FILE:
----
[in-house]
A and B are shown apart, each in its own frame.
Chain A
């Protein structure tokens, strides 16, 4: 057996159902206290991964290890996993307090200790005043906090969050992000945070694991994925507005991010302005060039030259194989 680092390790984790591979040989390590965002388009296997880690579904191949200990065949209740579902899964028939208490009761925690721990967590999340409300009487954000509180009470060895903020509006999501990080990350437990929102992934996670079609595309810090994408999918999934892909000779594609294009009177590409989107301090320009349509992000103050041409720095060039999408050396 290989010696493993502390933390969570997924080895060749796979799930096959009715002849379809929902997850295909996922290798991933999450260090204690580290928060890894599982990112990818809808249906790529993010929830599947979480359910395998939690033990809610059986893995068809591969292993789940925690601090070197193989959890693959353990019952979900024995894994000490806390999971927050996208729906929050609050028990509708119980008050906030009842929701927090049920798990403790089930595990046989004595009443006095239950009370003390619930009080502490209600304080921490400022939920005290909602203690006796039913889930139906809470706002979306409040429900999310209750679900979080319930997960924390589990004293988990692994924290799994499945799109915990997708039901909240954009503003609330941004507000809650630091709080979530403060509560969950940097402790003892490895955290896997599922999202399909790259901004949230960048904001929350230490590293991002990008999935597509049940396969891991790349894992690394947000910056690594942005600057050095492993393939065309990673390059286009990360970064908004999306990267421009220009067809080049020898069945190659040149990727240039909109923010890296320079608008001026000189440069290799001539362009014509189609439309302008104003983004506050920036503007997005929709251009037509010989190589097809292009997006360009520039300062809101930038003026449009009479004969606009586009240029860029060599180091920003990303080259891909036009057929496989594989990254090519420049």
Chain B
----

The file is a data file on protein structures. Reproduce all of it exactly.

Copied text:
[in-house]
A and B are shown apart, each in its own frame.
Chain A
């Protein structure tokens, strides 16, 4: 057996159902206290991964290890996993307090200790005043906090969050992000945070694991994925507005991010302005060039030259194989 680092390790984790591979040989390590965002388009296997880690579904191949200990065949209740579902899964028939208490009761925690721990967590999340409300009487954000509180009470060895903020509006999501990080990350437990929102992934996670079609595309810090994408999918999934892909000779594609294009009177590409989107301090320009349509992000103050041409720095060039999408050396 290989010696493993502390933390969570997924080895060749796979799930096959009715002849379809929902997850295909996922290798991933999450260090204690580290928060890894599982990112990818809808249906790529993010929830599947979480359910395998939690033990809610059986893995068809591969292993789940925690601090070197193989959890693959353990019952979900024995894994000490806390999971927050996208729906929050609050028990509708119980008050906030009842929701927090049920798990403790089930595990046989004595009443006095239950009370003390619930009080502490209600304080921490400022939920005290909602203690006796039913889930139906809470706002979306409040429900999310209750679900979080319930997960924390589990004293988990692994924290799994499945799109915990997708039901909240954009503003609330941004507000809650630091709080979530403060509560969950940097402790003892490895955290896997599922999202399909790259901004949230960048904001929350230490590293991002990008999935597509049940396969891991790349894992690394947000910056690594942005600057050095492993393939065309990673390059286009990360970064908004999306990267421009220009067809080049020898069945190659040149990727240039909109923010890296320079608008001026000189440069290799001539362009014509189609439309302008104003983004506050920036503007997005929709251009037509010989190589097809292009997006360009520039300062809101930038003026449009009479004969606009586009240029860029060599180091920003990303080259891909036009057929496989594989990254090519420049």
Chain B